- PRESIDENT Joe Biden said US military forces would defend Taiwan from “an unprecedented attack”.
- Chinese Foreign Ministry spokeswoman Mao Ning urged the US to understand the highly sensitive nature of the Taiwan question.
- The Taiwanese Foreign Ministry expressed gratitude towards President Biden’s assurance.
US President Joe Biden in his latest pledge reiterated his support for Taiwan to deter China from increasing military pressure on Taipei. He made the remark during an interview with 60 Minutes that aired on Sunday (Sep 18), while distancing himself from the question of whether Taiwan is or should be independent.
Earlier in the interview, the US leader had said the US stood by its “One China” policy, in which it has avoided formal recognition of the government in Taipei or providing it a binding security guarantee. However, he affirmed deployment of American forces in case of an unprecedented attack by China. Biden has made similar statements on at least 4 other occasions as president, spurring protests from Beijing and adding new uncertainty to Washington’s long-standing policy of “strategic ambiguity” toward Taiwan. Chinese Foreign Ministry spokeswoman Mao Ning urged the USA to abide by the ‘one China’ principle, failing to do so, she added, could cause “further damage to China-US relations and peace and stability across the Strait”.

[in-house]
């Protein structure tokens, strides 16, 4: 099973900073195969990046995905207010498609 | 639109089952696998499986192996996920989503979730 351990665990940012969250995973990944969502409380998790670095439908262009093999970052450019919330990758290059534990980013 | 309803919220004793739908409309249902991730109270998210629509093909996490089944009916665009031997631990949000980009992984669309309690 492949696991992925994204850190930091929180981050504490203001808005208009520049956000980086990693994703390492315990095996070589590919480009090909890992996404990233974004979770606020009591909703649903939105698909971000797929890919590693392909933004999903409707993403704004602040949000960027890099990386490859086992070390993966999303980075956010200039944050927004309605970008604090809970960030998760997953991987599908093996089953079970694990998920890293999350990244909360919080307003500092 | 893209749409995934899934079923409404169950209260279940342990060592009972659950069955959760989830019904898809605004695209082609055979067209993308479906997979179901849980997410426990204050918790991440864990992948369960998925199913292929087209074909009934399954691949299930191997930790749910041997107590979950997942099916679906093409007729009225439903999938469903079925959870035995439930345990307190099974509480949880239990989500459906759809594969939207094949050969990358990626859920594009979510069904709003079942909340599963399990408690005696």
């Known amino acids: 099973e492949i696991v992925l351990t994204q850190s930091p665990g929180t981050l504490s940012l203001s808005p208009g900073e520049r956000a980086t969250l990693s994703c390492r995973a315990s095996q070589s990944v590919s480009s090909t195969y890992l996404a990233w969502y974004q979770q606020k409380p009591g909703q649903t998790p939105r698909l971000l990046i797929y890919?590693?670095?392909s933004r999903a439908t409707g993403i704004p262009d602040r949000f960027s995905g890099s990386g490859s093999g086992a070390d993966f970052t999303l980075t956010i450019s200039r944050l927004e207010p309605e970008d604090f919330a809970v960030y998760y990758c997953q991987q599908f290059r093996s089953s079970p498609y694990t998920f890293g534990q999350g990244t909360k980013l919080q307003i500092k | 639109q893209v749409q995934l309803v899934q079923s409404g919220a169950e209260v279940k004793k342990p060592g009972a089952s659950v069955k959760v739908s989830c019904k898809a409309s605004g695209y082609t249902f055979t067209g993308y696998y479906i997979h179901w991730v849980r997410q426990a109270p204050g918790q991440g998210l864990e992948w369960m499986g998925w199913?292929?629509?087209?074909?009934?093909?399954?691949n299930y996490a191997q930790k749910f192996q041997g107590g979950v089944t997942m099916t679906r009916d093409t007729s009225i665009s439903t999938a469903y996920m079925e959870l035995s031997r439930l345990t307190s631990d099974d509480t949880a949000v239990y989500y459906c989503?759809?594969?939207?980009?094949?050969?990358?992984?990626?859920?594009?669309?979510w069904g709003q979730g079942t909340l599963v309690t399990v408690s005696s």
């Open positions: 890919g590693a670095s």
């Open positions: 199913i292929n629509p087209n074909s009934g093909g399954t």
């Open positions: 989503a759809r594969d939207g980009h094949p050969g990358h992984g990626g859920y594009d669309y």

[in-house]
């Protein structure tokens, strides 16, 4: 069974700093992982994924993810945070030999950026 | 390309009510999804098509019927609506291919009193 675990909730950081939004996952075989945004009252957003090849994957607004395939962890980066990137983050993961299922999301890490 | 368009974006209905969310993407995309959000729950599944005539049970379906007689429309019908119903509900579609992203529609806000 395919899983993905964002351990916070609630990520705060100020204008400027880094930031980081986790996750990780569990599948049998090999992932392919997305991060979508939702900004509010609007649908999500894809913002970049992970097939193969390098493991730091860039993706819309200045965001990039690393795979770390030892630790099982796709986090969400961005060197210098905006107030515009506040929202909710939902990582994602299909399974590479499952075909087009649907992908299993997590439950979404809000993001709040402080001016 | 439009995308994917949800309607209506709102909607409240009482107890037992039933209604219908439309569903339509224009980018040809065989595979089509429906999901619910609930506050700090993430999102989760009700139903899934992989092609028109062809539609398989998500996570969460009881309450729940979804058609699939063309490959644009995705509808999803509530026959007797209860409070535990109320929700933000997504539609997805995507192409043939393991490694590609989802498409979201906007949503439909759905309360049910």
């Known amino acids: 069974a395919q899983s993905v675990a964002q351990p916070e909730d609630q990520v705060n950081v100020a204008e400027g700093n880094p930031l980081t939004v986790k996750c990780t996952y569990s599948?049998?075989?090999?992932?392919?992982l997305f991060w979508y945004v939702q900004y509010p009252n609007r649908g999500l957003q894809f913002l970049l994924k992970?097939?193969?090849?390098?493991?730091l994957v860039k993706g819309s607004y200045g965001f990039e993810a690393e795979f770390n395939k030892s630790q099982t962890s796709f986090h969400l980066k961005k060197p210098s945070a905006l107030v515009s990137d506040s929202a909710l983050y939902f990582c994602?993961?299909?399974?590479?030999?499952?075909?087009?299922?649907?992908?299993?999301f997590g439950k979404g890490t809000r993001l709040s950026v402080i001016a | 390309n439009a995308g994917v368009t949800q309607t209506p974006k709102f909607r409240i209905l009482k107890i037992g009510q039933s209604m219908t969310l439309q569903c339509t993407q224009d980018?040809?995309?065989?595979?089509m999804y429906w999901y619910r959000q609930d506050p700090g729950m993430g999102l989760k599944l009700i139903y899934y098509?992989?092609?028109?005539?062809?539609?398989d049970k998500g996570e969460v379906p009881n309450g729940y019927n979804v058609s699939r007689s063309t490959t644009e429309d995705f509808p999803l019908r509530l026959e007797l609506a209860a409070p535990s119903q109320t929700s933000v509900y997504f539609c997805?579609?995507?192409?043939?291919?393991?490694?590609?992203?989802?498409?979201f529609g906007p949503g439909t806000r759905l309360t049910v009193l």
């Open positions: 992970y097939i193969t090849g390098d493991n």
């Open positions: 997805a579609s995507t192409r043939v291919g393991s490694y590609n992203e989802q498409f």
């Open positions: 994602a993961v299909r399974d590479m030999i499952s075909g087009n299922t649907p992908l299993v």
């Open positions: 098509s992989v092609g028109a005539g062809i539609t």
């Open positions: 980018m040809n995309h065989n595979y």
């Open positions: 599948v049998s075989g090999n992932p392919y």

Bonnie Glaser, director of the Asia Programme at the German Marshall Fund commented, “If Biden is serious about defending Taiwan, he’ll attach a much higher priority to bolstering the US military’s capability to defend Taiwan if attacked.”
A Political Impasse
US relations with China have deteriorated further in the wake of House Speaker Nancy Pelosi’s trip to the island last month, with China cutting off climate and military talks and holding its most provocative military exercises near Taiwan in decades. President Biden and his Chinese counterpart Xi are to hold their first face-to-face summit in November. However, things could take a turn for the worse if the Congress passes the Taiwan Policy Act, which is now under discussion in Washington. It would formally designate Taiwan a “major non-NATO ally” and give it more military hardware.
Lev Nachman, assistant professor at National Chengchi University said “The biggest problem we have is that what the White House says is our Taiwan policy…The worry is that this will exacerbate Taiwan’s current high-tension moment rather than reduce it.” The Taiwanese Foreign Ministry on the other hand expressed their gratitude toward the US government for backing the island state in the backdrop of a crisis.
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